The Australian government has defended a decision not to try and recover bodies from an asylum seeker boat that sank off the country's northwest coast.
Roughly 55 people were presumed dead after a three-day air and sea search failed to locate any survivors from a vessel that sank off the Indian Ocean territory of Christmas Island last week.
Up to 13 bodies were spotted in the water, along with debris and life-jackets.
However, the Australian Broadcasting Corporation cited the Australian Government as saying that retrieving the bodies was not a priority as rescue authorities were too busy amid concerns over other boats — including one missing off the Cocos Islands.
It is the fourth boat that Australian authorities have tried to help since the weekend, according to the Fairfax media.
The latest vessel had been tracked by Border Protection Command since last Wednesday but gone missing over the weekend, 260 nautical miles north of Cocos Islands, off the coast between Australia and Sri Lanka.
And Australian Navy boats have provided assistance to two other vessels, carrying about 58 and 70 people, Fairfax wrote.
An Australian Customs and Border Protection (ACBP) spokesman told The Guardian why they had decided not to retrieve the bodies from the first boat:
"Vessels and aircraft are involved in a range of high priority operations in the waters near Christmas Island and elsewhere. Our priority in these operations remains the protection of life, responding to water rescues which may prevent any further loss of life."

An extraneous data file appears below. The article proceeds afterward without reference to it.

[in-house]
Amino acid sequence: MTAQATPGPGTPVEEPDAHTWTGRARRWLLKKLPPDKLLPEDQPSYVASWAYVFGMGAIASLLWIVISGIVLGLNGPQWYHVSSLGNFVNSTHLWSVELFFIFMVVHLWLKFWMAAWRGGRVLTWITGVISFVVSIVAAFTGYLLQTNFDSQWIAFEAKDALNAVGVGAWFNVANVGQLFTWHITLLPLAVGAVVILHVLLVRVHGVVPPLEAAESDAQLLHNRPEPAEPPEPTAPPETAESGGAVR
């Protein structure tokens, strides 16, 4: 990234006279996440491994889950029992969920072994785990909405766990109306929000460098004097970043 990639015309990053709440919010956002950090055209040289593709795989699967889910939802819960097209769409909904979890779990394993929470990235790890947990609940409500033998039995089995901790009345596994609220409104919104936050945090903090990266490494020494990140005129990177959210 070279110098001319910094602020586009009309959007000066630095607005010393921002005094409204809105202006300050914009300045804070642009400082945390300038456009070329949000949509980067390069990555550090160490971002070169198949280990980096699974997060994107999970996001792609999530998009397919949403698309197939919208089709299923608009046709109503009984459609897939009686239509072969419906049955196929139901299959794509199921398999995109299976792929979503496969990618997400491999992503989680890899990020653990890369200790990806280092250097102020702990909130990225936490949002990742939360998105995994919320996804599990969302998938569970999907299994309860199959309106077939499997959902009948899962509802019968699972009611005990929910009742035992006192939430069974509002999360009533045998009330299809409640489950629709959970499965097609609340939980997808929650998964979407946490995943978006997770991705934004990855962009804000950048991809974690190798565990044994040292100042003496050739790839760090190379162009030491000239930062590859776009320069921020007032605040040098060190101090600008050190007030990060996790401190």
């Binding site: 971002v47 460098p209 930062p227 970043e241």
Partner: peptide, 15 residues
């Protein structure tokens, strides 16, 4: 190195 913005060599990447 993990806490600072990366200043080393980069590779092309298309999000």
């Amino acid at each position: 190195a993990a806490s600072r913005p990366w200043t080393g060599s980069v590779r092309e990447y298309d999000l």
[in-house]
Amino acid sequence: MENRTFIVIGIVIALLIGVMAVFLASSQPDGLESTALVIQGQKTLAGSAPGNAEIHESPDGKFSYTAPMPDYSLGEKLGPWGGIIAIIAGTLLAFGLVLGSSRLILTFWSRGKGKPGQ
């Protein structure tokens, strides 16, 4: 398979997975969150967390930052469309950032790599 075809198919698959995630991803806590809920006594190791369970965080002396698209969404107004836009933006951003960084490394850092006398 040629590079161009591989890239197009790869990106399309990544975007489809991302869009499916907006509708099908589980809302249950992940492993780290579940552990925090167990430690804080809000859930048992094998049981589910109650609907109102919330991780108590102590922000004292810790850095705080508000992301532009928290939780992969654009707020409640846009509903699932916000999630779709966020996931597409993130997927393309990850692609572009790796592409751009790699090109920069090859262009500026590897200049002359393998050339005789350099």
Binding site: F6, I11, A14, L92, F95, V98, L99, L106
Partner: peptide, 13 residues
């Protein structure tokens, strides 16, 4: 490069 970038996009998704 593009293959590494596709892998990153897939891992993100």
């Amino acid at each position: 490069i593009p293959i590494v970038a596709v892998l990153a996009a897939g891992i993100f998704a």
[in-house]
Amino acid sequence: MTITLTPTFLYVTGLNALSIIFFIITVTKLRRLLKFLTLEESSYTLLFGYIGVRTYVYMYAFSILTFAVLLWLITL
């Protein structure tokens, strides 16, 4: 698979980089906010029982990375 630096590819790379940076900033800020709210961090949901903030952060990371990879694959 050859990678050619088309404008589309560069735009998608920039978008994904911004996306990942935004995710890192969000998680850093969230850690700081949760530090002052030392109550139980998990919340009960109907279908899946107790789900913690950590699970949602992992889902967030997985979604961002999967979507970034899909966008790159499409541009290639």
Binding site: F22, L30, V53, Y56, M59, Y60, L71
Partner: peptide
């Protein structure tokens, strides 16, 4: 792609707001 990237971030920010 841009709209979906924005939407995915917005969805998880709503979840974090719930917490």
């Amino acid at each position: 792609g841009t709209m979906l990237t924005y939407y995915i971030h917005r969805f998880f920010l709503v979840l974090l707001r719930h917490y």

Various media cited Australian Prime Minister Julia Gillard as telling reporters the decision to leave the bodies in the water was a "tough" but necessary "operational decision".
"As border command has made clear, they always put the highest priority on saving lives, and I think we would all understand why that's got to come first in any tasking or any work that border command does.”
However, representatives of Australia's Tamil community said that there would be outrage if the bodies of Australian victims of a boat sinking were left to float in the ocean.
The ABC quoted the executive officer of the Australian Tamil Congress, Bala Vigneswaran, as saying:
"If the Government, or the decision-makers, think it is OK to leave the people behind because they are not Australian and they're not worth it — if they want to put it that way — it's not right. If they were Australians I am sure that I would be angry. I'm sure that everybody here in Australia would be very disappointed and I don't think we would have treated Australians like this."
And Refugee Action Coalition spokesman Ian Rintoul said retrieving the bodies would have been a comfort to the families left behind.
"We're always in favor of retrieving their bodies. There are families in refugee communities who look at these episodes with anguish and it can provide closure to get a better idea of who was on the boat and letting people know what has happened to relatives and loved ones."
ABC Radio spoke to a legal expert who said that although it may be expected as a humanitarian gesture, the government was not obligated to recover the bodies.